Dorothy Gale is swept away from a farm in Kansas to a magical land of Oz in a tornado and embarks on a quest with her new friends to see the Wizard who can help her return home to Kansas and help her friends as well.
Mild mannered zoology professor Dr. David Huxley is excited by the news that an intercostal clavicle bone has been found to complete his brontosaurus skeleton, a project four years in the construction. He is equally excited about his imminent marriage to his assistant, the officious Alice Swallow, who is interested in him more for his work than for him as a person. David needs the $1 million endowment of wealthy dowager Mrs. Carleton Random to complete the project. Her lawyer, Alexander Peabody, will make the decision on her behalf, so David needs to get in his favor. However, whenever David tries to make a good impression on Peabody, the same young woman always seems to do something to make him look bad. She is the flighty heiress Susan Vance. The more David wants Susan to go away, the more Susan seems not to want or be able to. But David eventually learns that Alexander Peabody is her good friend, who she calls Boopy, and Susan's Aunt Elizabeth, with whom David has also made a bad ...Written by
Animals play a significant role in Bringing Up Baby, adding absurdity to the comic situations and its theme of
crazed infatuation. When we first meet him, palaeontologist David Huxley (Grant) is preparing to marry his co-worker Alice Swallow (Walker). Alice, we learn, is a rational, no-nonsense woman who sees marriage as a convenient and rational transaction rather than as an expression of love. As the film opens, David and Alice are putting the final touches on a brontosaurus skeleton that he has been working on for five years. The skeleton seems to be a symbol of the couple's relationship - dry, brittle, tenuous, old and, most importantly, dead.
Enter Susan Vance (Hepburn), whose wild anarchic nature is just what the doctor ordered. She seems, on the surface, hair-brained - and this may be true - but her ditziness is the result of being absolutely, utterly, ridiculously head-over-heals in love (at first sight, as is the case with most l'amour fou scenarios) with David and doing whatever she can to sabotage his plans to marry Alice. Susan's leopard, named Baby, is the symbol of her love for David, for the moment the leopard lays its eyes on him, it is instantly affectionate and follows him around, just as Susan does. Jittery David is, of course, terrified of the beast and all that it represents.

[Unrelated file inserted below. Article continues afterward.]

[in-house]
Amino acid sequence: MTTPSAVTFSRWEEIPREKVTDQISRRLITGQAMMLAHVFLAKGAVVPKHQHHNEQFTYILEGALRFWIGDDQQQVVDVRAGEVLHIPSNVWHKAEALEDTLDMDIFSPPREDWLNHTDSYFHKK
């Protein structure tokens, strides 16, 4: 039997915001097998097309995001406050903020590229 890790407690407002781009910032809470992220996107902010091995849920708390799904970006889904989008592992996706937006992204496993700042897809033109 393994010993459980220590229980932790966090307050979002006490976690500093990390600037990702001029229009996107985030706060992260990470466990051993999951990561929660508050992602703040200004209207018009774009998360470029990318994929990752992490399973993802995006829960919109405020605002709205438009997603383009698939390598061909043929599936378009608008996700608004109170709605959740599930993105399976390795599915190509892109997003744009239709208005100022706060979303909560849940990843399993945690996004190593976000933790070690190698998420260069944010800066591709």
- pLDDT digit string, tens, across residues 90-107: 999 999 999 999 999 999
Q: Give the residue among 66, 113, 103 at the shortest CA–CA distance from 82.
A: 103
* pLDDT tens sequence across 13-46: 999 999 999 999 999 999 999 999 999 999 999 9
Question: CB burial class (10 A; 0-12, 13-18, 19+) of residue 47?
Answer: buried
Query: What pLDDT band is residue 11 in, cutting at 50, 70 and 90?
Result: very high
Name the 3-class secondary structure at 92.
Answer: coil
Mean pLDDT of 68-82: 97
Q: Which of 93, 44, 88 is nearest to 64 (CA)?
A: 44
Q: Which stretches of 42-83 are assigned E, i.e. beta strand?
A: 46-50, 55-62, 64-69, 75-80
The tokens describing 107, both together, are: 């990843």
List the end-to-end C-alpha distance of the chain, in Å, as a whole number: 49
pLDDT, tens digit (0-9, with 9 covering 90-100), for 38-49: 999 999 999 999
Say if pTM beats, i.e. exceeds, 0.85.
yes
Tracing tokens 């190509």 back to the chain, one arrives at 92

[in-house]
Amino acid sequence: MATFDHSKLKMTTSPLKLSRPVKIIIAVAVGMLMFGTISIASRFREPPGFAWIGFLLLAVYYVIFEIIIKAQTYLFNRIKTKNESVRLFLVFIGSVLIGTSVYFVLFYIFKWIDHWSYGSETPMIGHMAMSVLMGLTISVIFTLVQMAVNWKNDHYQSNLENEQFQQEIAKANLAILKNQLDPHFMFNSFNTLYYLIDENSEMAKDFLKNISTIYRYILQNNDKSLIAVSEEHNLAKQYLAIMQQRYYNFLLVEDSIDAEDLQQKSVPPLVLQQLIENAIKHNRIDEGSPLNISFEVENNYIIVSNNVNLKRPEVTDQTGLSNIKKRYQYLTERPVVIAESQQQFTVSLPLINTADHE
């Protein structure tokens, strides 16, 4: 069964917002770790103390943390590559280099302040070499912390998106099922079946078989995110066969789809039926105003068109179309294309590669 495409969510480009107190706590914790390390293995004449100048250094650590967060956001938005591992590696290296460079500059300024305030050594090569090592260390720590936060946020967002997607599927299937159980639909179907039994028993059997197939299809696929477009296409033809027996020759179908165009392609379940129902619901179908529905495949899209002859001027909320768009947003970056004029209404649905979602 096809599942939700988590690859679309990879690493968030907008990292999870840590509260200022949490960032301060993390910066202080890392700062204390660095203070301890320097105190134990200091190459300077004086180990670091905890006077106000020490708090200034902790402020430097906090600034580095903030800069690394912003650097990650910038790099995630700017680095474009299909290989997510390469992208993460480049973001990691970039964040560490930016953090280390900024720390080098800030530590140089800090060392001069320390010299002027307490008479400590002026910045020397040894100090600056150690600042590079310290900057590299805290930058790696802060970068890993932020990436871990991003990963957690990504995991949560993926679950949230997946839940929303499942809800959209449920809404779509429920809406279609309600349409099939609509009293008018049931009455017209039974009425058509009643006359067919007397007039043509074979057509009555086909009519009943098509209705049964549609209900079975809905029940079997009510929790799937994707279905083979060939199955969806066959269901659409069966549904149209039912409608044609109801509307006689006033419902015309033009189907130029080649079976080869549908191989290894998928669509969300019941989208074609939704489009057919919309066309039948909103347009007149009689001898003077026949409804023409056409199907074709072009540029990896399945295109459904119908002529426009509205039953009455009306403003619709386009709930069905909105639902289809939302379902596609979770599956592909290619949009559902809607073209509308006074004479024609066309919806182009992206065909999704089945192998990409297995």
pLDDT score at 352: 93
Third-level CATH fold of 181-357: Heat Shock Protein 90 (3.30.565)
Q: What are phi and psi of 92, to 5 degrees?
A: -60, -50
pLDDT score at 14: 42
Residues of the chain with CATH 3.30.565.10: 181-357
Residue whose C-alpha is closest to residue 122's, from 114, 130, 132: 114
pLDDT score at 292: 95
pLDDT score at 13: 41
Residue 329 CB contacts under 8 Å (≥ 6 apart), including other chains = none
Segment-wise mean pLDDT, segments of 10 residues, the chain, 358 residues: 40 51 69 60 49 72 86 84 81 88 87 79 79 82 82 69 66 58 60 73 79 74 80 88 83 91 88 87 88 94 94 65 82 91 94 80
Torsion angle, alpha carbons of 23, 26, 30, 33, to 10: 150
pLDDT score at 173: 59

The leopard becomes an increasingly useful symbol as the film continues. At her aunt's estate in Connecticut, Susan releases another leopard its cage, thinking it is Baby captured by zoo officials when in fact it is a rogue leopard from the circus on its way to be gassed after attacking someone. With two leopards on the loose, the analogy becomes unmistakable - the wild leopard that Susan releases is David's libido, free at last after being repressed for so long in a loveless relationship. Indeed, towards the end of the film, when the wild leopard traps the host of characters in the local jail, it is nervous, terrified David who steps up and boldly saves the day.
This I suppose is just one way of reading and enjoying a film like Bringing Up Baby. i think it's interesting that the film announces its interested in exploring psychoanalysis with the inclusion of a character who is a Freudian therapist (Dr Lehman played by Fritz Feld). Psychoanalysis was, of course, very popular among Hollywood screenwriters between the 30s and 50s who adopted all manner of coded symbols for sex after Joseph Breen's Production Code so tightly reasserted control over what could and couldn't be represented on screen. But the fact that Dr Lehman's diagnoses are so far off tells us that the science of the mind is no match for the power of l'amour fou, which turns men and women into wild, irrational carnal beasts.
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